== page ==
We are all called to a vocation of love

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Freshmen Jocelyn Connour, Anya Van Arnam and Katerina Gonzales at a Galentines Party this weekend. Photo courtesy of Anya Van Arnam.

Valentine’s Day has long been associated as the holiday for those in relationships. This holiday isn’t just a fancy date night. Valentine’s Day is an opportunity for us to share our love in ways that are both romantic and non-romantic. 

Whether we express love toward our spouses, God, nature or our neighbors, we are all called to vocations of love, and now is the perfect opportunity to share it. 

For couples, this vocation of love is pretty obvious. In staying loyal, honest and dedicated while in a relationship, you respect not only your partner but also yourself. The best relationships are built on trust, and with trust comes the ability to grow in intimacy with each other. 

Relationships that lack these basic qualities also lack emotional intimacy and thus have no way to grow into fruitfulness. Valentine’s Day is the perfect opportunity to share one-of-a-kind experiences  — such as a dinner date at a fancy restaurant — but also to reflect upon the foundations of one’s relationship and your dedication to each other.

For those that are single, a vocation of love can present itself through love for God, nature and community. By going to Mass, we partake in a sacramental love that surpasses all earthly counterparts. God’s love for us is unchanging and everlasting, and while relationships may come and go, His love will remain unconditional.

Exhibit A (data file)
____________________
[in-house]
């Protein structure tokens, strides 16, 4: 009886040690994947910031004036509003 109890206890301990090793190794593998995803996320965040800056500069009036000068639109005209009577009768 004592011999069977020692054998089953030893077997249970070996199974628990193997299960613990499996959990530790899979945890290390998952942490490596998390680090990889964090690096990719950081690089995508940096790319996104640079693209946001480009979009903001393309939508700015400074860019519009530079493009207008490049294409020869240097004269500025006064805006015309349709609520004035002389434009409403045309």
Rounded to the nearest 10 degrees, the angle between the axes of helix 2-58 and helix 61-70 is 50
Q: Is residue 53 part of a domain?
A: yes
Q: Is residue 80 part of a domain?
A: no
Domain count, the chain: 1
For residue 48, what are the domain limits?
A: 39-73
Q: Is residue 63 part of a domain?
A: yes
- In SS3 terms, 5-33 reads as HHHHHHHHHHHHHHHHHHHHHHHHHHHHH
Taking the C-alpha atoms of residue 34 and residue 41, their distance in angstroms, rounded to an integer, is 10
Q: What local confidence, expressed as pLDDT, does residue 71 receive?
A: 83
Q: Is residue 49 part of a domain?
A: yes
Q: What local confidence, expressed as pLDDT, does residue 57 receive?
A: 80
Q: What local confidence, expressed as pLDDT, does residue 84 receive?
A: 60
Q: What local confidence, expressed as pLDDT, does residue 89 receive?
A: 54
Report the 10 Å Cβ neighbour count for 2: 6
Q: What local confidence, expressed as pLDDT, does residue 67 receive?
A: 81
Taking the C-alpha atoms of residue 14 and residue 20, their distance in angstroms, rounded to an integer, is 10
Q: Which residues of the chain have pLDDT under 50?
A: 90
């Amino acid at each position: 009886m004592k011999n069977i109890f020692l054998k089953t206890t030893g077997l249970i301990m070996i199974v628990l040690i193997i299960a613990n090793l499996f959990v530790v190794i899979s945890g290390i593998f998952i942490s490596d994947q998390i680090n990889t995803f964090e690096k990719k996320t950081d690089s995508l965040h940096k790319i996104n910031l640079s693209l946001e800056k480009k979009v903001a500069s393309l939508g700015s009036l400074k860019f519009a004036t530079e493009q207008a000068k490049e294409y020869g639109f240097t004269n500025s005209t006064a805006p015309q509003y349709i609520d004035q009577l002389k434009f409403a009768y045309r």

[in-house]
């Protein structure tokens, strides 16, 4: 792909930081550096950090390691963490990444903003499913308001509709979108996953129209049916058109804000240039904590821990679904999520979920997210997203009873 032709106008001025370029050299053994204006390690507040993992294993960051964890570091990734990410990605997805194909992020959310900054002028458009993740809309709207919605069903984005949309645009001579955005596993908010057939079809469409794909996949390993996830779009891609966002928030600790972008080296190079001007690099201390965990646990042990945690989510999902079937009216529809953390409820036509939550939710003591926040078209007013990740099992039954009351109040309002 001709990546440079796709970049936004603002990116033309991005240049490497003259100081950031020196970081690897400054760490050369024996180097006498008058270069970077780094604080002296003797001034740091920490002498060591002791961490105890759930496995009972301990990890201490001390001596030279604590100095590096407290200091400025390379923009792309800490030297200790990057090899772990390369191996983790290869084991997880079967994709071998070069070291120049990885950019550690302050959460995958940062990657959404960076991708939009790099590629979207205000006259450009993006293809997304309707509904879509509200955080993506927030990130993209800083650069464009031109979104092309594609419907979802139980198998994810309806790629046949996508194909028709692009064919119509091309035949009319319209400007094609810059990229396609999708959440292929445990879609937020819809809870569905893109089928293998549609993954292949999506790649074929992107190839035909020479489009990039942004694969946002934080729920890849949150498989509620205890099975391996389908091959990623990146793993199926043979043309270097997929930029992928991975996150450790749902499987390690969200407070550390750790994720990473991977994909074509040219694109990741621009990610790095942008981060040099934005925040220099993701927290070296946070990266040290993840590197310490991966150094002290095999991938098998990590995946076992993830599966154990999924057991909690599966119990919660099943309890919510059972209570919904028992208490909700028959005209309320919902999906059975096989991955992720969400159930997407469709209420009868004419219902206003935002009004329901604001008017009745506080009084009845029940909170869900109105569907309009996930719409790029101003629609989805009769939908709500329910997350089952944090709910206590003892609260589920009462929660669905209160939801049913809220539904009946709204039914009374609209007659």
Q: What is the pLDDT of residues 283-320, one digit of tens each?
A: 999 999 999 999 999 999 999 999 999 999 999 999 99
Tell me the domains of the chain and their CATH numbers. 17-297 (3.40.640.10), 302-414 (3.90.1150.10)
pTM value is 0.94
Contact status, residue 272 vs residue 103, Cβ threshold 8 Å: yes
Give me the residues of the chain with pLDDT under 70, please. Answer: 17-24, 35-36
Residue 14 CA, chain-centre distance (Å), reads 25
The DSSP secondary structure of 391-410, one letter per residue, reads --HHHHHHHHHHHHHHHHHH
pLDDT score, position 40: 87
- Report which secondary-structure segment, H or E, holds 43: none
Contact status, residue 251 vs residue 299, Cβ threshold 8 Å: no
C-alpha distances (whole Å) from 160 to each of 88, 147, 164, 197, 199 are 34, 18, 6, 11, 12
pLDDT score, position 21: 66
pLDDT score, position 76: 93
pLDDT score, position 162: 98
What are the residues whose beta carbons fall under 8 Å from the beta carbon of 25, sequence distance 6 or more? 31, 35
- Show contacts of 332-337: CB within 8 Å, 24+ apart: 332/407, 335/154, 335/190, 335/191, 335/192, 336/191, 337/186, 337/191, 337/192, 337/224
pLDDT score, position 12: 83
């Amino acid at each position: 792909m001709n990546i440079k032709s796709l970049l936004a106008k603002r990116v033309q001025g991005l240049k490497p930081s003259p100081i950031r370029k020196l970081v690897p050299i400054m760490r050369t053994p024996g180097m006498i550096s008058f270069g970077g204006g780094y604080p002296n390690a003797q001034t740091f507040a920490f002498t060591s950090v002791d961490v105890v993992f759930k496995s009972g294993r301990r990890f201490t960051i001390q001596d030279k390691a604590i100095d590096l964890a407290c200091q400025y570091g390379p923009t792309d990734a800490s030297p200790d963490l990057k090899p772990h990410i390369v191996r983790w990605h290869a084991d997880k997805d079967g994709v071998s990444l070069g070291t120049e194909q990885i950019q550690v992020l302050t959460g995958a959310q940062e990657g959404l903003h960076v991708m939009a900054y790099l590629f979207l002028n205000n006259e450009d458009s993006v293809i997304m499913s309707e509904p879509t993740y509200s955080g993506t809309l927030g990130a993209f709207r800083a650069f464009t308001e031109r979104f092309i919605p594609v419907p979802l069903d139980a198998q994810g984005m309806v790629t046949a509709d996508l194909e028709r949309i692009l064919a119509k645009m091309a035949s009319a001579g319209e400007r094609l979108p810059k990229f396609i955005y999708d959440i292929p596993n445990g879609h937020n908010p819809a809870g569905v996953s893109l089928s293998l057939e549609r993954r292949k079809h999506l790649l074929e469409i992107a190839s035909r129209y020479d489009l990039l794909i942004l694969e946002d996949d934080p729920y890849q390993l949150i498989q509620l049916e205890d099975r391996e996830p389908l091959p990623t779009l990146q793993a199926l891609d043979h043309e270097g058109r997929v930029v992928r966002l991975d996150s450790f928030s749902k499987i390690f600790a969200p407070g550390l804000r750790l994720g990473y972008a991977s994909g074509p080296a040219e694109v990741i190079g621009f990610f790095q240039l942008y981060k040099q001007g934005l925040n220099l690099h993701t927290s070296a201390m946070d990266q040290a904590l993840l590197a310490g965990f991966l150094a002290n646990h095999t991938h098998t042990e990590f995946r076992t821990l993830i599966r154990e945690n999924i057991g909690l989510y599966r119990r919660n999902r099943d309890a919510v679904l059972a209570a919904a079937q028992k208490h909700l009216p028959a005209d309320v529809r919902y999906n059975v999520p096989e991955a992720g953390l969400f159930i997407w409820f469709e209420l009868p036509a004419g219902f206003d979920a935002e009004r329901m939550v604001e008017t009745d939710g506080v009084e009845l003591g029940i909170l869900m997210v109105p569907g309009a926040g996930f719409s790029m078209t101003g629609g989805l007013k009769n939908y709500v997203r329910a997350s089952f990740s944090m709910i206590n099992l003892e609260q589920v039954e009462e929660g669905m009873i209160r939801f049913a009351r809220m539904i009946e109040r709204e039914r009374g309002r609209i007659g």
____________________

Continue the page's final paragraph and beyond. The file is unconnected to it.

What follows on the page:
Each celebration of the Mass allows us to relive this relationship between God and man. Additionally, we can show our respect for the beauty of nature by taking care of our environment and keeping the campus clean. 

Although one might not be in a romantic relationship currently, we are still called to love our neighbors as ourselves. It’s hard to resist spilling the tea, but avoiding gossip allows us to foster greater connections with other students. By not judging others, it becomes easier to make friends and to view them as our equals, even though we may not particularly get along with them. 

If you’re single, use this Valentine’s Day to spend time with Jesus — the perfect man for all the ladies reading this! — take a walk outside or schedule a galentine’s — or bro-entine’s —  celebration.

Lastly, we are called to love ourselves. While loving God and neighbor is at the heart of our vocation, we must remember to allow ourselves to accept the same love we offer to others. 

If you struggle with finding time for yourself, set aside an hour on Valentine’s Day to do an activity you love. Treat yourself to a coffee at the Cap Bar. Get together with a friend you’ve been thinking about lately. Setting aside time for ourselves is essential, especially when we’re constantly surrounded by essays and papers and presentations. 

Although Valentine’s Day has become a holiday dedicated to romance, it’s also a time to cultivate the other relationships in our lives. Not all of us are called to marriage, but we are all called to vocations of love.

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